All of this theory is useless if it doesn’t work in practice. Here is a test cut in beech:

It’s about what you would expect from a 6TPI saw that’s 26″ long. The important part is that it belches sawdust profusely when sawing, and with a controlled cut, you don’t get much tearout. And it’s always nice to get a 110+ year old tool working again.

New Dog Holes, More Milled Wood

I’ve been doing a lot of milling and resawing lately. My prototype bookshelf will use the following pieces of yellow-poplar that I dimensioned:

Yeah, I know, it’s not too exciting, it’s just some wood.

This stuff was quite cupped when I started out, so I had to do a lot of work with the scrub plane to get it flat. To do so, I decided to put a second row of dog holes in the workbench so that it would be easier to plane across the grain:

To use them, just add some dogs in the appropriate holes, as shown here by this evil piece of beech:

It’s been working well so far. I’m considering adding one more at the corner so that it really doesn’t have any room to move around, but it’s not important right now.

Why, you ask, is that board evil? Well, it’s from a piece of 8/4 stock, about 11″ wide. To get to the point of resawing it, I had to flatten one face. No problem, except when you don’t hammer in the scrub plane wedge enough. When that happens, the blade can pop out when you’re doing hard work. The overall consequence, then, is minor carnage. Ouch. I lost a few days of shop time from that.

In any case, this board is for another project that I haven’t talked about yet. I’ll post more details on it later.

Frame Saw: Resawing panels, repairs

One of the projects I’m starting now is a small bookshelf prototype that I’ll use to guide my way through building later versions. I’m in the process of milling the wood, and to make efficient use of the wood, I decided to resaw 4/4 boards so that I can use one slice for the sides and shelves, and the other slice for a panel in the rear of the bookshelf.

So it’s the first real-life use of my frame saw. It does fairly well; here’s a roughly 1/4″ slice that came off one board (this is Yellow-poplar/Liriodendron tulipifera):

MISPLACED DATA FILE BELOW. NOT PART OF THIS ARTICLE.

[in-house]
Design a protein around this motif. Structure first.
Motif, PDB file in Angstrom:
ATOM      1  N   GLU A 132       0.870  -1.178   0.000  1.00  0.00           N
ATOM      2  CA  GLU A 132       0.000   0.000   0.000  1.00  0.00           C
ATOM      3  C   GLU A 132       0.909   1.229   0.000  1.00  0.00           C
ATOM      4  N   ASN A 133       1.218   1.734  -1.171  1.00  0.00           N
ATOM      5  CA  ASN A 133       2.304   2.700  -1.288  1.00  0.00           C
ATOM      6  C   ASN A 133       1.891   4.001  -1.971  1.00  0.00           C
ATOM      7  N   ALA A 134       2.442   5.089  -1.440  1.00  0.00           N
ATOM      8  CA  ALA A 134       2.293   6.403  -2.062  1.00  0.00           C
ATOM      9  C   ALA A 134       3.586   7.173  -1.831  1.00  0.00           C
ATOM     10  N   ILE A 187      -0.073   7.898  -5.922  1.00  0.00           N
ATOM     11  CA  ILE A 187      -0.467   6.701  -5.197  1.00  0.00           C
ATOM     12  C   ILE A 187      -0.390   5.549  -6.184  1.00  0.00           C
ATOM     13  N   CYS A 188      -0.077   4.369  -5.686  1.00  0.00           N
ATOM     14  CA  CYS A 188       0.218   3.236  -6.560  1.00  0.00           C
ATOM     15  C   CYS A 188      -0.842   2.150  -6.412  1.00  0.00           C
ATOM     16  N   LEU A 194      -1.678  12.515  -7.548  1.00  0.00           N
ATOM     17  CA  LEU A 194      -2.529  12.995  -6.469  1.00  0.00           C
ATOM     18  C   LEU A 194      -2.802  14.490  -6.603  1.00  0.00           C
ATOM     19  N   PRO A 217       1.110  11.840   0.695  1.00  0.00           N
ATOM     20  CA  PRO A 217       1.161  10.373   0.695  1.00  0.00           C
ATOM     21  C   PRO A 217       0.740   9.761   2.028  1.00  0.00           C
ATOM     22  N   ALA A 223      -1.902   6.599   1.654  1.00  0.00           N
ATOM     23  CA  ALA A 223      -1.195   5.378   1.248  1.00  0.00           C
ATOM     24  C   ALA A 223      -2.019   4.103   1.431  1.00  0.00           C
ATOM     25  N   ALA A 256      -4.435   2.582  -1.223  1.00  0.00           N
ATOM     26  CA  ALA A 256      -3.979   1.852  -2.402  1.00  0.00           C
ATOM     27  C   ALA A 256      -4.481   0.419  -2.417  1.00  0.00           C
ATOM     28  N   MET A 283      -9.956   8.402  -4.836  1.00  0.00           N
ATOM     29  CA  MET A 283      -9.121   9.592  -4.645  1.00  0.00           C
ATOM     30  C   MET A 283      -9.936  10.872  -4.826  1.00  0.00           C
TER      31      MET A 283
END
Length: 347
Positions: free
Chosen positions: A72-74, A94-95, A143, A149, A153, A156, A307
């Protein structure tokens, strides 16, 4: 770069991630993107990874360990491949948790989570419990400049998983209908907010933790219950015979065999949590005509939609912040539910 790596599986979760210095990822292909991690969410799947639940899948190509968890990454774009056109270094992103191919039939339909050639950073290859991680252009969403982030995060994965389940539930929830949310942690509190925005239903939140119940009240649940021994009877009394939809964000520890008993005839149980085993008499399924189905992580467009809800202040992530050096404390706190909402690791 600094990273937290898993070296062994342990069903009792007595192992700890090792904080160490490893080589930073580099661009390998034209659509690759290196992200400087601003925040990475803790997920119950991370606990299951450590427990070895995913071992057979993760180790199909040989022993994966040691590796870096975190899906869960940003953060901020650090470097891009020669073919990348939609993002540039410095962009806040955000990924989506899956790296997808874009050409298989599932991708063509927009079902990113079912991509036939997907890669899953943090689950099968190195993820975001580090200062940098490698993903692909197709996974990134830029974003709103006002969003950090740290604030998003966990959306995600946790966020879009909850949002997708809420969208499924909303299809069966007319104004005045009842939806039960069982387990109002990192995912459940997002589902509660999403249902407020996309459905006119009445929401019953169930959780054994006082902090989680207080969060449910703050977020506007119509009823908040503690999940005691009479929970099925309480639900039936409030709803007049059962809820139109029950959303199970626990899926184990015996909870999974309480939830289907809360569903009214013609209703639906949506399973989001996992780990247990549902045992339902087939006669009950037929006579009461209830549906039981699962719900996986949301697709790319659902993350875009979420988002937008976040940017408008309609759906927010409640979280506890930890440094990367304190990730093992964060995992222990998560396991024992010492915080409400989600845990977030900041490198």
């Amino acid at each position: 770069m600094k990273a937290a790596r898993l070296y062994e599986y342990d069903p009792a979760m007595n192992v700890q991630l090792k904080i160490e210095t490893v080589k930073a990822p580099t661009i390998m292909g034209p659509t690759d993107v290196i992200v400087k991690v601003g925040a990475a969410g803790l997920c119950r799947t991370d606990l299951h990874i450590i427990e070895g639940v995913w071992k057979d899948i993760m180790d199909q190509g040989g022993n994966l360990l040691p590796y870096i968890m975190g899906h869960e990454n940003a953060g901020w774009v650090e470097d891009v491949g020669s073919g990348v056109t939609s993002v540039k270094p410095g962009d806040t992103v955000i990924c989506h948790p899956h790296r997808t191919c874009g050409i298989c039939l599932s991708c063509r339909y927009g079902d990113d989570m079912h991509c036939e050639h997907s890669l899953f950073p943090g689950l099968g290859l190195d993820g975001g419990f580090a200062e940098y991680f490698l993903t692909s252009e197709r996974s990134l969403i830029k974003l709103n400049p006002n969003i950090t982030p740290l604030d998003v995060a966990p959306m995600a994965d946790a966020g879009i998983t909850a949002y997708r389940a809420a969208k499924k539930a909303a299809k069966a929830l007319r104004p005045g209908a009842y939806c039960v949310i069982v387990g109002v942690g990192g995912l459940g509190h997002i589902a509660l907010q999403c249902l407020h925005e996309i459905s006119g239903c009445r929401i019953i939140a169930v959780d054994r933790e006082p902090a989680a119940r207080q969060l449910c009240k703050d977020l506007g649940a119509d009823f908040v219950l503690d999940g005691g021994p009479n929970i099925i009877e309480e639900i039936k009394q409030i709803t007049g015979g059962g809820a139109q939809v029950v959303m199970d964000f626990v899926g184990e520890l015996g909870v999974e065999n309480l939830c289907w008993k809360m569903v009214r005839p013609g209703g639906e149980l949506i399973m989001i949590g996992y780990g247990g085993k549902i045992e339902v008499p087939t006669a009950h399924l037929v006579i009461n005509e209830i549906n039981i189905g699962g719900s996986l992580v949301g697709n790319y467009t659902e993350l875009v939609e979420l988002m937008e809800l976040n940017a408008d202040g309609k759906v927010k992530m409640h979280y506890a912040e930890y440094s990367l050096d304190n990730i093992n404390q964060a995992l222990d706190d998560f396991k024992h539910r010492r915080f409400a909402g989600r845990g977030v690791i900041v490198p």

The upper left looks slightly ugly in this shot, but it’s actually just two passes of a plane from totally flush. The result is actually quite good–very flat, no wandering of the saw. I seem to run into difficulty at the end of of the board, and I’m still trying to figure out ways to make that easier. Unfortunately, what didn’t help was the tension on my frame saw being too great for the hardware that I made to hold the blade in place, causing it to tear apart on one side:

Yikes. Well, okay, so I just chopped it off and remade the piece. I think this part is a little weak because of the recesses I filed for the itty bitty screws that I no longer use. I’m still not entirely happy with the arrangement, but if it holds, I’ll change my attitude.

Speaking of attitude, mine towards my front vise has been one of complete irritation for the past several months. I’ve had the endcaps held on at the very tip with screw inserts in the center with a machine screw to hold the whole thing in. Unfortunately, the insert kept coming out (because inserts don’t work well when inserted parallel to the grain, duh), the cap would come loose, and the handle would fall out of the vise. Of course, it would always fall out at an appropriately inconvenient time.

This was happening on only one side of the vise, and I finally fixed it for good today by relocating the insert to the side of the handle instead of the tip (you can see the hole in the tip at the right where the screw used to be):

I suppose that it’s fixed “for good” until this happens to the other end of the handle and I have to do the same thing there. Sigh. Why it took me so long to fix this is beyond me.